Oxides uncombined with other substances, are not susceptible of fusion, in order to promote which, a flux is added; the composition of which, varies according to the means or medium employed for diluting the colours at the time they are used. Where a volatile oil is used for diluting, a flux composed of glass, nitre and borax is proper; but where gum water is employed the compound must be of glass, lead and silex. A flux is the medium of attachment of the colour to the porcelain under the action of fire, as oil or water were previously in painting.

Parts of.

The Fluxes are No. 1. Red Lead............ 8

Calcined Borax ... 1 1/2

Flint Powder ...... 2

Mint Glass ......... 6

No. 2. Flint Glass......... 10

White Arsenic...... 1

Nitre.................. 1

No. 3. Red Lead............ 1

Flint Glass ......... 3

No. 4. Red Lead........... 9 1/2

Uncalcined Borax.. 5 1/25

Flint Glass ......... 8

A

No. 5. Flint Glass ......... 6

Flux No. 2 ......... 4

Bed Lead............ 8

N.B

The ingredients of these fluxes are melted together, and then finely pounded for use. At Sevres the following flux is sometimes used.

Powdered Glass.................................40

Calcined Borax .................................22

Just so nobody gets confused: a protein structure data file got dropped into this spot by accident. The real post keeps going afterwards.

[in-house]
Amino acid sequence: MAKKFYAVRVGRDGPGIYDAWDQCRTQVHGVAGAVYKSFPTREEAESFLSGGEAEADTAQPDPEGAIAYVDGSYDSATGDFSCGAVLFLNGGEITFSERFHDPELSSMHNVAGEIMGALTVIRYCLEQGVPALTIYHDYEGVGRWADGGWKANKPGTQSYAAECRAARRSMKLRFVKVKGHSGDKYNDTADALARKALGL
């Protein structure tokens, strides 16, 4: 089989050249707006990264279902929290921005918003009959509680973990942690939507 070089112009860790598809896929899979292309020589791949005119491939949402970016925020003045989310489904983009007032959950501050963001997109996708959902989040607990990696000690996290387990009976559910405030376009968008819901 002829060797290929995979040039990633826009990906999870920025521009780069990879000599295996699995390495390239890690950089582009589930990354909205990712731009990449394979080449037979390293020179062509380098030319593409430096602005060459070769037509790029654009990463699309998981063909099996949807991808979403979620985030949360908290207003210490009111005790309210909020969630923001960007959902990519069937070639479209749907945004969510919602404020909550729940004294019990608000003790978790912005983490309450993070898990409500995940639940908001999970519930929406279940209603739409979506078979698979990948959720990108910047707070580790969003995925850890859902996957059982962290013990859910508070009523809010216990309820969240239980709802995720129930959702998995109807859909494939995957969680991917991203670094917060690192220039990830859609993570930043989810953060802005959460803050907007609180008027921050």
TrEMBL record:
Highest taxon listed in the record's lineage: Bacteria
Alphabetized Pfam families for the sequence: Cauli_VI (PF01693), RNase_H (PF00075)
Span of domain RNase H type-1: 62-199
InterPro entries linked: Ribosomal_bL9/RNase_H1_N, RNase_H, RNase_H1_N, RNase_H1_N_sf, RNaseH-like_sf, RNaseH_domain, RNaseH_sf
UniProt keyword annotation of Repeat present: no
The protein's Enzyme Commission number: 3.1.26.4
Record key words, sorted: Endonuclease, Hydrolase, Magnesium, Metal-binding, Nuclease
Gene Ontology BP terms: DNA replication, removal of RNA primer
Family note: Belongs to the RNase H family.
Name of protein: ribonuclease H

Refined Nitre....................................44

The ingredients must be as pure as possible, and the smallest particle of lead must not be admitted. Triturate the former in a glass mortar for an hour, and then expose them in a crucible, on a charcoal fire, until the swelling of the fused mass ceases.

It is only by these fluxes, that the oxides or colours are fixed upon porcelain, as, by being enveloped in the flux, they are preserved from the action of the air, and retain their brilliancy.

If too little flux be used, the colours will be dull. If too much, they will run, and destroy delicacy and precision of outline. Colours which require for their fusion six times their quantity of flux, are unfitted for the finer portions of porcelain painting.

Certain colours require various proportions of fluxes.

The general rule is five parts of flux to two of colouring matter.

Colours when required for use, should be pounded in an agate, glass or porcelain mortar, covered to prevent the intrusion of dust, etc. They must be afterwards ground on a glazed palette, perfectly level, and firmly fixed in plaster on a wooden frame, but these precautions are only necessary for the manufacturer, not for the artist, who receives his materials subsequent to these troublesome processes.

In like manner it is the duty of the potter to attend to the evaporation of the oil used as a diluent, before the painted porcelain is placed in the enamelling kiln.

(Dilding, it may be observed, is performed with or without a flux, as the gold will adhere to the surface by the incipient fusion of the other materials.

When japanner's gold size is used it is moistened to the required degree with one of the volatile oils. When the size has so far dried, as only to be clammy, the gold leaf is laid on with cotton wool on a row of fine hairs like a comb. It is desirable, as soon as possible, to place the gilded porcelain in the oven or muffle. The oxygen of the gold is drawn off, and the intense heat cements the metal to the porcelain.